et ne inducas nos in temptationem sed libera nos a malo

    literally:
    and don't lead us into temptation but free us from evil
     
  12. Botolph

    Botolph Well-Known Member

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    I did have the impression that was what you were saying, and so I do appreciate the clarification.

    I agree with you, God does not make us sin. It is not about that being a limitation of God's omnipotence, but the understanding that it is counter to nature of God whom we understand in scripture to be loving and just.

    I believe the Lord's Prayer from the Didache translates as:

    Our Father, the one in heaven,
    your name be made holy,
    your kingdom come,
    your will be born upon earth as in heaven,
    give us this day our loaf that is coming,
    and forgive us our debt at the final judgement
    as we likewise now forgive our debtors.
    and do not lead us into the trial of the last days
    but deliver us from that evil
    because yours is the power and glory forever

    I am conscious that the text in Matthew 6, is a term which has both a temporal and an atemporal sense, and there is an eschatological edge to the prayer, which can be easily missed by the contemporary English speaker using the traditional rendering. Initially I had thought that was the point that Francis I was making, but it seems he was perhaps not looking at the depth of the text, as yet.

    Anyway, let me be very clear. I am not arguing that the Lord's Prayer should be changed, though clearly in the Anglican Church of Australia it has been changed. My simple point was that there is an argument for change that has some merit. It is, to my mind, within the spirit of the Anglican Tradition that we should have sufficient breadth about us to listen to those arguments, within the spirit of the three legged stool, Scripture, Tradition and Reason.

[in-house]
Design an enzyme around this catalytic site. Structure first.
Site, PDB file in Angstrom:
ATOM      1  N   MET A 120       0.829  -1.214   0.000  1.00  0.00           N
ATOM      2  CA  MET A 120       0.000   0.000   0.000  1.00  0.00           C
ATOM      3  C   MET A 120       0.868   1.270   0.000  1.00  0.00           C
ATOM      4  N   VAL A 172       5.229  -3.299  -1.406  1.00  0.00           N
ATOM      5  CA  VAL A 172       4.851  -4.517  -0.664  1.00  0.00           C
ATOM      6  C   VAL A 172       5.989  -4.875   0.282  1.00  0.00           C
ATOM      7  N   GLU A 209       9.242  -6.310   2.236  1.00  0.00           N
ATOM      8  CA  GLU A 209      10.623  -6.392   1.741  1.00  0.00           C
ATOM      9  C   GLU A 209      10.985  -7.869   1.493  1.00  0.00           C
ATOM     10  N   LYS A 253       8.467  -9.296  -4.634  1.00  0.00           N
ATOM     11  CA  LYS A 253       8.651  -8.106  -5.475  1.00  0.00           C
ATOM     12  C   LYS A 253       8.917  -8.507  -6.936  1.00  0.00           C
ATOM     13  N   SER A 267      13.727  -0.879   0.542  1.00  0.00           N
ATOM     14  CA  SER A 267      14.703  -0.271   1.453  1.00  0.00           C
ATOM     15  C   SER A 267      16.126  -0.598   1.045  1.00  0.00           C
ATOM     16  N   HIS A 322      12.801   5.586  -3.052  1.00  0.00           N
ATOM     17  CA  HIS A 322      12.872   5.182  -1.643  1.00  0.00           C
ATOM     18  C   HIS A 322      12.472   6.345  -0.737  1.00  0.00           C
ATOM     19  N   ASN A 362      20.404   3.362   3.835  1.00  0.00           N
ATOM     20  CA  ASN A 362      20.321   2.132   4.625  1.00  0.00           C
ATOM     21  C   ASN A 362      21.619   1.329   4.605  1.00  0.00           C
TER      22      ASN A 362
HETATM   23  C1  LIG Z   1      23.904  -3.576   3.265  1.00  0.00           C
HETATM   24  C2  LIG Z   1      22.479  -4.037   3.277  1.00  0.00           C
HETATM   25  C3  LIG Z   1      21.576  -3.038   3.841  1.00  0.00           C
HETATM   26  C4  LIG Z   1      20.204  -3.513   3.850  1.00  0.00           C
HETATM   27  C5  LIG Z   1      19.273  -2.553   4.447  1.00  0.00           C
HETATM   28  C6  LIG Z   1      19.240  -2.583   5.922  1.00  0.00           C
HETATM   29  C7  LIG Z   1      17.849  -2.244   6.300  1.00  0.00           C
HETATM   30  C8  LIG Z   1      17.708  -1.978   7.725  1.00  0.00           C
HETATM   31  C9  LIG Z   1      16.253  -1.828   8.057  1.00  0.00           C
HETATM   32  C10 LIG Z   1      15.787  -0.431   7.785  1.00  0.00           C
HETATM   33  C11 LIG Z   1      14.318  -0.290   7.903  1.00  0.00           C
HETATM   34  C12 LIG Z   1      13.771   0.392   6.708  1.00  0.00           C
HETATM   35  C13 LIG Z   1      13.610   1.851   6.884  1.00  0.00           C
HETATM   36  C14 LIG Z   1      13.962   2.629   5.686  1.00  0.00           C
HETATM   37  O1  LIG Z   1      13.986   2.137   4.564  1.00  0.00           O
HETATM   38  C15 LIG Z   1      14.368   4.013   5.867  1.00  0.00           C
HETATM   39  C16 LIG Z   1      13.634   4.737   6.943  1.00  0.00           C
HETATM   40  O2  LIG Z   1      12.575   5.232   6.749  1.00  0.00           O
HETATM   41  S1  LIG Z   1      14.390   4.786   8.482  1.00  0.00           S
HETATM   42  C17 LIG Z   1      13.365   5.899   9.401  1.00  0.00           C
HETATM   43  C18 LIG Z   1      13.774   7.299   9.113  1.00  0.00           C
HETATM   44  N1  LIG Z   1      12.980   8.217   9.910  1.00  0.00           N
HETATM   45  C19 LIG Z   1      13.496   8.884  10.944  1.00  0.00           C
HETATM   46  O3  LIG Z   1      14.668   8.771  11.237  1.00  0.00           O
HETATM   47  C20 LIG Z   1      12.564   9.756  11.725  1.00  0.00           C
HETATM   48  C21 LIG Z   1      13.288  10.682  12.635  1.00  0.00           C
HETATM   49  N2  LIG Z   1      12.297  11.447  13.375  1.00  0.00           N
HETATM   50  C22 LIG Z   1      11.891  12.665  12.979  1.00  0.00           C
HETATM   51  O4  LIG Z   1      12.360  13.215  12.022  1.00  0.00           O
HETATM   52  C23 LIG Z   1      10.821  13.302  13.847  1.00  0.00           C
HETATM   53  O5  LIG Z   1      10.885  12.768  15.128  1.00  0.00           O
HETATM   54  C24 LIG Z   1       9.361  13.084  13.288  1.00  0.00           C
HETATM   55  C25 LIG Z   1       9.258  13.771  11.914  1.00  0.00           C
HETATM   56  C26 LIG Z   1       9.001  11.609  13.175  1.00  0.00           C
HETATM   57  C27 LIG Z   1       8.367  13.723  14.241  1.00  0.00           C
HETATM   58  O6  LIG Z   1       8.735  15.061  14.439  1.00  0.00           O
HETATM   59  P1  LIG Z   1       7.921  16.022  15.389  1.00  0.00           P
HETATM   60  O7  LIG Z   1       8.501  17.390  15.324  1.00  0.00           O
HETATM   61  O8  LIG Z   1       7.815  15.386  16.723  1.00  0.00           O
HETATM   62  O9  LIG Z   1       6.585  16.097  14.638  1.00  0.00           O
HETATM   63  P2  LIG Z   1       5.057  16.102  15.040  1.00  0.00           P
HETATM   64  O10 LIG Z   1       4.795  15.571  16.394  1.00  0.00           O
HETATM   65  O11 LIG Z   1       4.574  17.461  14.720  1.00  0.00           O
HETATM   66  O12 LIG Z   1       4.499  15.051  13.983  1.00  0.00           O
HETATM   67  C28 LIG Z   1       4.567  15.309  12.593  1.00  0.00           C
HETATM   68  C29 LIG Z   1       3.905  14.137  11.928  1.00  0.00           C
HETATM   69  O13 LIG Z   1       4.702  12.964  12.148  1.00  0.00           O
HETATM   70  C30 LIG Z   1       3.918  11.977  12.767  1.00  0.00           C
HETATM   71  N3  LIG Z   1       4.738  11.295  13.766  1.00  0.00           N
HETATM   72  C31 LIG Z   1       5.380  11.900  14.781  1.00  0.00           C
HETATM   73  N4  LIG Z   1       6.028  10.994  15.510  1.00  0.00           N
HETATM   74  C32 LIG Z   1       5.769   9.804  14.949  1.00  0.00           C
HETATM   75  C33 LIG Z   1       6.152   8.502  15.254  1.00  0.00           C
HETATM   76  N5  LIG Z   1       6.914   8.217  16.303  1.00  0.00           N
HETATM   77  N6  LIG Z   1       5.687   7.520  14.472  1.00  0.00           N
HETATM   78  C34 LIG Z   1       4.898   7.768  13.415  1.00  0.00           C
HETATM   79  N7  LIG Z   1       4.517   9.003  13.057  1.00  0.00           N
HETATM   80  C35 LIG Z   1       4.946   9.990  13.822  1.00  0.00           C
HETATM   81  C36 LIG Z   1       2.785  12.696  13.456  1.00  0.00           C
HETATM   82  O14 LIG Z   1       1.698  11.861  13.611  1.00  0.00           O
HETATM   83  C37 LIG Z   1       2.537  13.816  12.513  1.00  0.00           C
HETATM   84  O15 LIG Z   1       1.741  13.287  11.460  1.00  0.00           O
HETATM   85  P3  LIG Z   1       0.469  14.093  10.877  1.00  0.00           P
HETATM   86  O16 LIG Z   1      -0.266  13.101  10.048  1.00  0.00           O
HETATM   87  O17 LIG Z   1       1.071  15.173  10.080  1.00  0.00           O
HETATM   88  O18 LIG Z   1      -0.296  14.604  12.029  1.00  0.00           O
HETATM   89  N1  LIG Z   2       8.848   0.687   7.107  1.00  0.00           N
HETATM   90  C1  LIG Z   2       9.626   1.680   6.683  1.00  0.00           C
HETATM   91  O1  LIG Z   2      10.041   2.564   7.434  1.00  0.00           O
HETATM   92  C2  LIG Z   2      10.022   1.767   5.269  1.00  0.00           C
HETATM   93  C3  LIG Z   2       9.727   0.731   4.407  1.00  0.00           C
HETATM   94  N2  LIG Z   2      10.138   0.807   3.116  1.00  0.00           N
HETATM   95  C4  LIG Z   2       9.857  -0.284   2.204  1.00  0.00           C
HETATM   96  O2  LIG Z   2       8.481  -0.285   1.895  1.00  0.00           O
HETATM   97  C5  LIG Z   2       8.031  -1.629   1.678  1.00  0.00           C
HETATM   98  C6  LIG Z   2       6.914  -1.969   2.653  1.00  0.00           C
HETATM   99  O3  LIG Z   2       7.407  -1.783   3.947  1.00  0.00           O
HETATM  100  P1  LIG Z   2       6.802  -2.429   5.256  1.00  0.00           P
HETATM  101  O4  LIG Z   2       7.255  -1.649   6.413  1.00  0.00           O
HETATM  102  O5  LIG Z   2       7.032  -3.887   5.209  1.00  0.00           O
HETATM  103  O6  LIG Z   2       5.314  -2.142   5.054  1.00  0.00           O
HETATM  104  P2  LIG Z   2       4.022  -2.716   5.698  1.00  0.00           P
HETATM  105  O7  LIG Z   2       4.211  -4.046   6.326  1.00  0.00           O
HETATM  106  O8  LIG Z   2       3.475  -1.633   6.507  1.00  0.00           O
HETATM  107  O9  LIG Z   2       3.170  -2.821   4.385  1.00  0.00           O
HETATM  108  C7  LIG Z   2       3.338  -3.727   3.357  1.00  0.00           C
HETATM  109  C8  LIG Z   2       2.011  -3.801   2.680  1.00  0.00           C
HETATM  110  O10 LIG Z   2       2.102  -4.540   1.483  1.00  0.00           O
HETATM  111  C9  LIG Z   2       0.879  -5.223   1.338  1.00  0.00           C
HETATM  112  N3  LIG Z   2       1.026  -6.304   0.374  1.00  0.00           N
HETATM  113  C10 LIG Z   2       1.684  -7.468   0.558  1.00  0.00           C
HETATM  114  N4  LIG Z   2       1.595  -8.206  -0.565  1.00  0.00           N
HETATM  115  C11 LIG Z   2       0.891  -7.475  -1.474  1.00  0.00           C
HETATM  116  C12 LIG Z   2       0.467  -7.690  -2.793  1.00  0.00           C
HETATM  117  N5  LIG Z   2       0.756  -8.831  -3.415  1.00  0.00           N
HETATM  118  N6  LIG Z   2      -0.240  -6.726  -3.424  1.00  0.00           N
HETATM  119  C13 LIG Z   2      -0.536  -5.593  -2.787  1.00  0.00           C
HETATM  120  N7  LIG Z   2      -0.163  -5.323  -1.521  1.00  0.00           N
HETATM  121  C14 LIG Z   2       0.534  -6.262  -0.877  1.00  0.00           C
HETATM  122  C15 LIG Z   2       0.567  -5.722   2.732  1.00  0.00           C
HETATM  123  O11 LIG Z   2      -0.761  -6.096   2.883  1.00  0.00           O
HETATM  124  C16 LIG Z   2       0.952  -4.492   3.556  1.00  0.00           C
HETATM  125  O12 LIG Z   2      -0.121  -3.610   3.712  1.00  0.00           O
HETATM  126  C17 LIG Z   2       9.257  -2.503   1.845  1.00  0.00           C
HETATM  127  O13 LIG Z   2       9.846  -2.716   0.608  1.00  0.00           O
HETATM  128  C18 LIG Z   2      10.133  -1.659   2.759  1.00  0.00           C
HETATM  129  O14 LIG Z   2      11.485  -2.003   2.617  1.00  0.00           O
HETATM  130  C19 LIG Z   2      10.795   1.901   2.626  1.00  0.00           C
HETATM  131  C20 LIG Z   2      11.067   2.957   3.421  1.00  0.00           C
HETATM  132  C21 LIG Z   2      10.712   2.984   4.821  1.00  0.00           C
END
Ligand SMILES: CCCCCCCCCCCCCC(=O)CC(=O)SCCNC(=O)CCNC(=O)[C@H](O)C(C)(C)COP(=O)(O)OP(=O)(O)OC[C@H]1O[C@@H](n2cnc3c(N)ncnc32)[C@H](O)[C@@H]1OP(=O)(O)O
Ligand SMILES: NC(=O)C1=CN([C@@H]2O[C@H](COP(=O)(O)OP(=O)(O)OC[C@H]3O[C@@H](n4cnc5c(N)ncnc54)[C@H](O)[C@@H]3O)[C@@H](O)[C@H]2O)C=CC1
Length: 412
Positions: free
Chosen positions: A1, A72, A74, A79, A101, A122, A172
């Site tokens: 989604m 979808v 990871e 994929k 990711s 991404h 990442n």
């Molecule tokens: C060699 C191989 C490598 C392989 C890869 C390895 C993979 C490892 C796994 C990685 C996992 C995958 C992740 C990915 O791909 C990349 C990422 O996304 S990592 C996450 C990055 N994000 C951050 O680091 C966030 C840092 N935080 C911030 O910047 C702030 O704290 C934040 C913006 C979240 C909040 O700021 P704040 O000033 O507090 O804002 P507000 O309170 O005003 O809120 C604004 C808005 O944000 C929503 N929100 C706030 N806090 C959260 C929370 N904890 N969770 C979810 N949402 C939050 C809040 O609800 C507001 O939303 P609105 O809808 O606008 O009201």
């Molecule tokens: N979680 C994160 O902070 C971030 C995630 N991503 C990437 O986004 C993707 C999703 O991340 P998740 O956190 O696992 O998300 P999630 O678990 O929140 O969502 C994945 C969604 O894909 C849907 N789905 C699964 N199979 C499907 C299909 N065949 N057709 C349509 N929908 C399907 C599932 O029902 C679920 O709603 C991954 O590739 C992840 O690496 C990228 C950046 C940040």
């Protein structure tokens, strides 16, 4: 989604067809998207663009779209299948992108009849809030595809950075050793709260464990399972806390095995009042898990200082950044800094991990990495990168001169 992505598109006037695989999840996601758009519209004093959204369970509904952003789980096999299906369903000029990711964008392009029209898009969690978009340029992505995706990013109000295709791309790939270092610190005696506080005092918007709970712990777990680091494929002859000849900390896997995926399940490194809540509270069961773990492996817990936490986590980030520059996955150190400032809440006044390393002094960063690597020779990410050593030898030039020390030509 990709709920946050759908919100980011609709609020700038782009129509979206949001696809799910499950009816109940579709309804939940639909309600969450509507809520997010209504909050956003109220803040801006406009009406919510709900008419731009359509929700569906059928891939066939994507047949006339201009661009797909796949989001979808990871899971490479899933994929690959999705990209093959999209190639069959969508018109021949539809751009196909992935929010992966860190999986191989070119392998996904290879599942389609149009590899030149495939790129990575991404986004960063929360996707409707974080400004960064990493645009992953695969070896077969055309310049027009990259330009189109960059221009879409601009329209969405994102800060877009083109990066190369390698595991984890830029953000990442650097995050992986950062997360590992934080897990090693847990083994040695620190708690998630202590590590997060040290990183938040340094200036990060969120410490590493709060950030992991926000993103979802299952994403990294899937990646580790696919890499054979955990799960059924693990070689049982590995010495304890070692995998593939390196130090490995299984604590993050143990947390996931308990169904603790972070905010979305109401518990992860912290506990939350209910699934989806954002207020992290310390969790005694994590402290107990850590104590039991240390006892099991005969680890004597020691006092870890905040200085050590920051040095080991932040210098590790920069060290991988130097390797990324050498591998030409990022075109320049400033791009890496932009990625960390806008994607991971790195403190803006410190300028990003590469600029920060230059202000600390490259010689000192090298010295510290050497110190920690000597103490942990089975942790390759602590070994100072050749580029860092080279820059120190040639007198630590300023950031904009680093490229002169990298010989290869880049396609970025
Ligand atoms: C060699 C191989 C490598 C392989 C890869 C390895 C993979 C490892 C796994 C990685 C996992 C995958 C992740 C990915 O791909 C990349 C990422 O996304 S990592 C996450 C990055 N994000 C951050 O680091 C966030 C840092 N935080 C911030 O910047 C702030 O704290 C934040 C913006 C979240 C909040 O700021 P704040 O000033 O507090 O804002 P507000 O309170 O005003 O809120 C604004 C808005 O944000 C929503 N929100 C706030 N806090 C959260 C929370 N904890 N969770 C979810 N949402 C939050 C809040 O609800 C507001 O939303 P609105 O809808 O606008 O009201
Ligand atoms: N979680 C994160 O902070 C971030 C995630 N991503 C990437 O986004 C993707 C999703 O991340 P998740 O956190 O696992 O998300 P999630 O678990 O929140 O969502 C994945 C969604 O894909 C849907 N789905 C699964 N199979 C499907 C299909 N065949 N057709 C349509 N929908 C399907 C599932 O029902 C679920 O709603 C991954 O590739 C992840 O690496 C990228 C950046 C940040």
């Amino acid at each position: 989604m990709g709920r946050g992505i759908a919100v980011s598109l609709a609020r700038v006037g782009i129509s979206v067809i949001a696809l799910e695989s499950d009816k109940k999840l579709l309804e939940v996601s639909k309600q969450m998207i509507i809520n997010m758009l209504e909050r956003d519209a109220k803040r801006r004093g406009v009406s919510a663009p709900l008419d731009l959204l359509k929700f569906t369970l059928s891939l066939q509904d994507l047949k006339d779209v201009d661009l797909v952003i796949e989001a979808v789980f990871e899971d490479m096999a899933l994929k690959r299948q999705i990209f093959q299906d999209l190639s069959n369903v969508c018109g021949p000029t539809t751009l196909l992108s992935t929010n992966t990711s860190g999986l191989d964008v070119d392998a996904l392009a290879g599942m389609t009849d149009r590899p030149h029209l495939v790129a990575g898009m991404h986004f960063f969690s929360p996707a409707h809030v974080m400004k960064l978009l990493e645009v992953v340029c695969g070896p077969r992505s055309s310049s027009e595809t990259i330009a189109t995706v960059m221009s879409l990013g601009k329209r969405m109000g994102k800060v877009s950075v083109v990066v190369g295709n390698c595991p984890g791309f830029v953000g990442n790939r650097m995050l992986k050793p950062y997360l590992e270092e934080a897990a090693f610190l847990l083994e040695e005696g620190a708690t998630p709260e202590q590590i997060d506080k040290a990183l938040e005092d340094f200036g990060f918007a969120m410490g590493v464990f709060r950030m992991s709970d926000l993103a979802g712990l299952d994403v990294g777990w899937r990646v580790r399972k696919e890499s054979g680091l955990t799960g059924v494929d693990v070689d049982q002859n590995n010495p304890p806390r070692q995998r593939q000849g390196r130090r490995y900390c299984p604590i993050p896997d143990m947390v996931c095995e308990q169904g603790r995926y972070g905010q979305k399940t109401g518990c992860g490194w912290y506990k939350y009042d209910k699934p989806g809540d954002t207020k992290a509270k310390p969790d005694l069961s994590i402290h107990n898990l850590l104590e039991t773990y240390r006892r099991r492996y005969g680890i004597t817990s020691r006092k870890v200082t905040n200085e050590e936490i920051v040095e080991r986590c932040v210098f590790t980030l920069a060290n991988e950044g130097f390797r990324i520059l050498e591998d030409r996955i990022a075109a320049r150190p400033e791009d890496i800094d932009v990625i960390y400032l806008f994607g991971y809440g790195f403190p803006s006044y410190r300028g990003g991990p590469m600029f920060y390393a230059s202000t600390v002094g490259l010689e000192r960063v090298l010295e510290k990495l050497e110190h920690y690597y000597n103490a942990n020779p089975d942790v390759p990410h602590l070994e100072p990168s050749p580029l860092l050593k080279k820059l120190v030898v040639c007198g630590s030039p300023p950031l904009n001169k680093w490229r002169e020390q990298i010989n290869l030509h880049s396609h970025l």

13. Phoenix

    Phoenix Moderator Staff Member Anglican

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  14. Lowly Layman

    Lowly Layman Well-Known Member Anglican

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    Excellent suggestion, Phoenix!

    "And lead us not into Temptation, but deliver us from Evil. That is; Lead us not Thyself nor suffer us to be led by the Devil our ghostly Enemy, nor by any other, into any Temptation or Tryal that may be too hard for us, so as to cause us to fall: But deliver us from the Evil One, and from all manner of Evil, both of Sin and Misery. So that we here Pray for every thing that is or can be good for us: It being a great Evil to want any thing that is Good."

    The good Bishop puts it perfectly. And this is what I've taught my own children on the issue. What a marvelous resource to have available to us. What a blessing this website is!
     
  15. Aidan

    Aidan Well-Known Member

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    Do Calvinists believe that God causes evil?
     
  16. BibleHoarder

    BibleHoarder Active Member

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    Generally, yes, that it what is problematic about it. Arminians counter several accusations in this way:

    1. Calvinists falsely assume that Arminians deny prevenient grace, that is, that God acts first to enable someone to have a choice to believe in him. Arminians do believe this, but believe it is through the same intervention and outpouring of his spirit that they have the power to reject him as much as accept him. This refutes claims that Arminians believe in man-centered salvation.